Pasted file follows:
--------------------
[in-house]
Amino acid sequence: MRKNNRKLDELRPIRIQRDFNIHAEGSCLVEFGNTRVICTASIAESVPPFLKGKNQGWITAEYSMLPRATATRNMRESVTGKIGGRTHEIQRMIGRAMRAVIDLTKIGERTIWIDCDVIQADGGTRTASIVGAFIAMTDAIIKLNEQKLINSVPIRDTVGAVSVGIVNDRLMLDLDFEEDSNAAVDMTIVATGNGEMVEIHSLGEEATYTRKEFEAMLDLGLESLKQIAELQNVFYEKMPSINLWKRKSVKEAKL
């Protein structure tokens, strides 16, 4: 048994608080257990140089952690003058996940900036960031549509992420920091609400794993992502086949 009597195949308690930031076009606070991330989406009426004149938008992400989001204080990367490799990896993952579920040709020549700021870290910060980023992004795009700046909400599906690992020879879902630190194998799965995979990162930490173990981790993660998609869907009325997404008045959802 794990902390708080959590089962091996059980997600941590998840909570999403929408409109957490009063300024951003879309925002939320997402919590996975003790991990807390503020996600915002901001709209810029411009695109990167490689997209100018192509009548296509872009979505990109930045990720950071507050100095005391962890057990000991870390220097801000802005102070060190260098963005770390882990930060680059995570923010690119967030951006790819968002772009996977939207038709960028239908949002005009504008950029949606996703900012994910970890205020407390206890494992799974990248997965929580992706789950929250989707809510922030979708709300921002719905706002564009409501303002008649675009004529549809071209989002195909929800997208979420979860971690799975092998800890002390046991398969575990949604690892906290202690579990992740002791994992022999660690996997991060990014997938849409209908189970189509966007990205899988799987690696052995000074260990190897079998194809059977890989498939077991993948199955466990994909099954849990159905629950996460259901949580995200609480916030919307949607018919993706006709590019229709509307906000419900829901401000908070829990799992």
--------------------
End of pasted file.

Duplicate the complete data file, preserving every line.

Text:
[in-house]
Amino acid sequence: MRKNNRKLDELRPIRIQRDFNIHAEGSCLVEFGNTRVICTASIAESVPPFLKGKNQGWITAEYSMLPRATATRNMRESVTGKIGGRTHEIQRMIGRAMRAVIDLTKIGERTIWIDCDVIQADGGTRTASIVGAFIAMTDAIIKLNEQKLINSVPIRDTVGAVSVGIVNDRLMLDLDFEEDSNAAVDMTIVATGNGEMVEIHSLGEEATYTRKEFEAMLDLGLESLKQIAELQNVFYEKMPSINLWKRKSVKEAKL
């Protein structure tokens, strides 16, 4: 048994608080257990140089952690003058996940900036960031549509992420920091609400794993992502086949 009597195949308690930031076009606070991330989406009426004149938008992400989001204080990367490799990896993952579920040709020549700021870290910060980023992004795009700046909400599906690992020879879902630190194998799965995979990162930490173990981790993660998609869907009325997404008045959802 794990902390708080959590089962091996059980997600941590998840909570999403929408409109957490009063300024951003879309925002939320997402919590996975003790991990807390503020996600915002901001709209810029411009695109990167490689997209100018192509009548296509872009979505990109930045990720950071507050100095005391962890057990000991870390220097801000802005102070060190260098963005770390882990930060680059995570923010690119967030951006790819968002772009996977939207038709960028239908949002005009504008950029949606996703900012994910970890205020407390206890494992799974990248997965929580992706789950929250989707809510922030979708709300921002719905706002564009409501303002008649675009004529549809071209989002195909929800997208979420979860971690799975092998800890002390046991398969575990949604690892906290202690579990992740002791994992022999660690996997991060990014997938849409209908189970189509966007990205899988799987690696052995000074260990190897079998194809059977890989498939077991993948199955466990994909099954849990159905629950996460259901949580995200609480916030919307949607018919993706006709590019229709509307906000419900829901401000908070829990799992």